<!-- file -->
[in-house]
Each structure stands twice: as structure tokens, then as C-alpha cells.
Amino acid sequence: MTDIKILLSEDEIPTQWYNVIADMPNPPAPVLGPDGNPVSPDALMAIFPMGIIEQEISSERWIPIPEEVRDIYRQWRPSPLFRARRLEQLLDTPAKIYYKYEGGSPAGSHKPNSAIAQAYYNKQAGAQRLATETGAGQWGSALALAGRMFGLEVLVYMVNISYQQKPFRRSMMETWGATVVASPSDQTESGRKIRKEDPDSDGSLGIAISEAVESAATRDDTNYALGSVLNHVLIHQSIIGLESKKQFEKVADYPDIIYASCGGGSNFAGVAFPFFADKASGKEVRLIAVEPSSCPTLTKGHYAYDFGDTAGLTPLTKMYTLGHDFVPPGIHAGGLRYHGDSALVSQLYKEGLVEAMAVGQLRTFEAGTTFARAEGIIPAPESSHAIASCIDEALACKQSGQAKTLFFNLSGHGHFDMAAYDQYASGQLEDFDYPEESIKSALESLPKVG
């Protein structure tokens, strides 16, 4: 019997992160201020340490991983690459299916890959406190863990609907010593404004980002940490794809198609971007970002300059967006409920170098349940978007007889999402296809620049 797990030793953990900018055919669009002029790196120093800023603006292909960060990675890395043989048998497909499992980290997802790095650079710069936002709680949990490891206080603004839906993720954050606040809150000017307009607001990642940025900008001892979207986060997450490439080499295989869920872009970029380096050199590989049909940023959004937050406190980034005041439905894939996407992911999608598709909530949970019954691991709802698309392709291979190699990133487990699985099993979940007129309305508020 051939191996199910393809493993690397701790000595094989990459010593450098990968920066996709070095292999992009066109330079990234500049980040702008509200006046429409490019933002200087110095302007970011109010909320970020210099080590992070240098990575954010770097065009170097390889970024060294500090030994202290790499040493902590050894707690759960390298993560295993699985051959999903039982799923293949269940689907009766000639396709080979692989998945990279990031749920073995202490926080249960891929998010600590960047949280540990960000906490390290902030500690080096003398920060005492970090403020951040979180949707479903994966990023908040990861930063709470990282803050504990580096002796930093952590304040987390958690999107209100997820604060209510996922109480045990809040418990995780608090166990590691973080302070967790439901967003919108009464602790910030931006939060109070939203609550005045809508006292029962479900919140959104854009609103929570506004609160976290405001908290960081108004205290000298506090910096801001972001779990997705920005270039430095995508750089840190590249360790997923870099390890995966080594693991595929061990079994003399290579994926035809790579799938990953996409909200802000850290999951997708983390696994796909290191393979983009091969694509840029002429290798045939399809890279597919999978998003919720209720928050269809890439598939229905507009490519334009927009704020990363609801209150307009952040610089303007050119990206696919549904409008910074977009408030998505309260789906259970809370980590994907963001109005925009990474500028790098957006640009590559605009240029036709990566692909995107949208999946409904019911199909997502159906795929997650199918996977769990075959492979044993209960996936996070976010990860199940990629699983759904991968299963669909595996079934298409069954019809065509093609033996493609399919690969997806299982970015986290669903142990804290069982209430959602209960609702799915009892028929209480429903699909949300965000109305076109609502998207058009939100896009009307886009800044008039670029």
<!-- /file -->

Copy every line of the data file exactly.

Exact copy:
[in-house]
Each structure stands twice: as structure tokens, then as C-alpha cells.
Amino acid sequence: MTDIKILLSEDEIPTQWYNVIADMPNPPAPVLGPDGNPVSPDALMAIFPMGIIEQEISSERWIPIPEEVRDIYRQWRPSPLFRARRLEQLLDTPAKIYYKYEGGSPAGSHKPNSAIAQAYYNKQAGAQRLATETGAGQWGSALALAGRMFGLEVLVYMVNISYQQKPFRRSMMETWGATVVASPSDQTESGRKIRKEDPDSDGSLGIAISEAVESAATRDDTNYALGSVLNHVLIHQSIIGLESKKQFEKVADYPDIIYASCGGGSNFAGVAFPFFADKASGKEVRLIAVEPSSCPTLTKGHYAYDFGDTAGLTPLTKMYTLGHDFVPPGIHAGGLRYHGDSALVSQLYKEGLVEAMAVGQLRTFEAGTTFARAEGIIPAPESSHAIASCIDEALACKQSGQAKTLFFNLSGHGHFDMAAYDQYASGQLEDFDYPEESIKSALESLPKVG
């Protein structure tokens, strides 16, 4: 019997992160201020340490991983690459299916890959406190863990609907010593404004980002940490794809198609971007970002300059967006409920170098349940978007007889999402296809620049 797990030793953990900018055919669009002029790196120093800023603006292909960060990675890395043989048998497909499992980290997802790095650079710069936002709680949990490891206080603004839906993720954050606040809150000017307009607001990642940025900008001892979207986060997450490439080499295989869920872009970029380096050199590989049909940023959004937050406190980034005041439905894939996407992911999608598709909530949970019954691991709802698309392709291979190699990133487990699985099993979940007129309305508020 051939191996199910393809493993690397701790000595094989990459010593450098990968920066996709070095292999992009066109330079990234500049980040702008509200006046429409490019933002200087110095302007970011109010909320970020210099080590992070240098990575954010770097065009170097390889970024060294500090030994202290790499040493902590050894707690759960390298993560295993699985051959999903039982799923293949269940689907009766000639396709080979692989998945990279990031749920073995202490926080249960891929998010600590960047949280540990960000906490390290902030500690080096003398920060005492970090403020951040979180949707479903994966990023908040990861930063709470990282803050504990580096002796930093952590304040987390958690999107209100997820604060209510996922109480045990809040418990995780608090166990590691973080302070967790439901967003919108009464602790910030931006939060109070939203609550005045809508006292029962479900919140959104854009609103929570506004609160976290405001908290960081108004205290000298506090910096801001972001779990997705920005270039430095995508750089840190590249360790997923870099390890995966080594693991595929061990079994003399290579994926035809790579799938990953996409909200802000850290999951997708983390696994796909290191393979983009091969694509840029002429290798045939399809890279597919999978998003919720209720928050269809890439598939229905507009490519334009927009704020990363609801209150307009952040610089303007050119990206696919549904409008910074977009408030998505309260789906259970809370980590994907963001109005925009990474500028790098957006640009590559605009240029036709990566692909995107949208999946409904019911199909997502159906795929997650199918996977769990075959492979044993209960996936996070976010990860199940990629699983759904991968299963669909595996079934298409069954019809065509093609033996493609399919690969997806299982970015986290669903142990804290069982209430959602209960609702799915009892028929209480429903699909949300965000109305076109609502998207058009939100896009009307886009800044008039670029």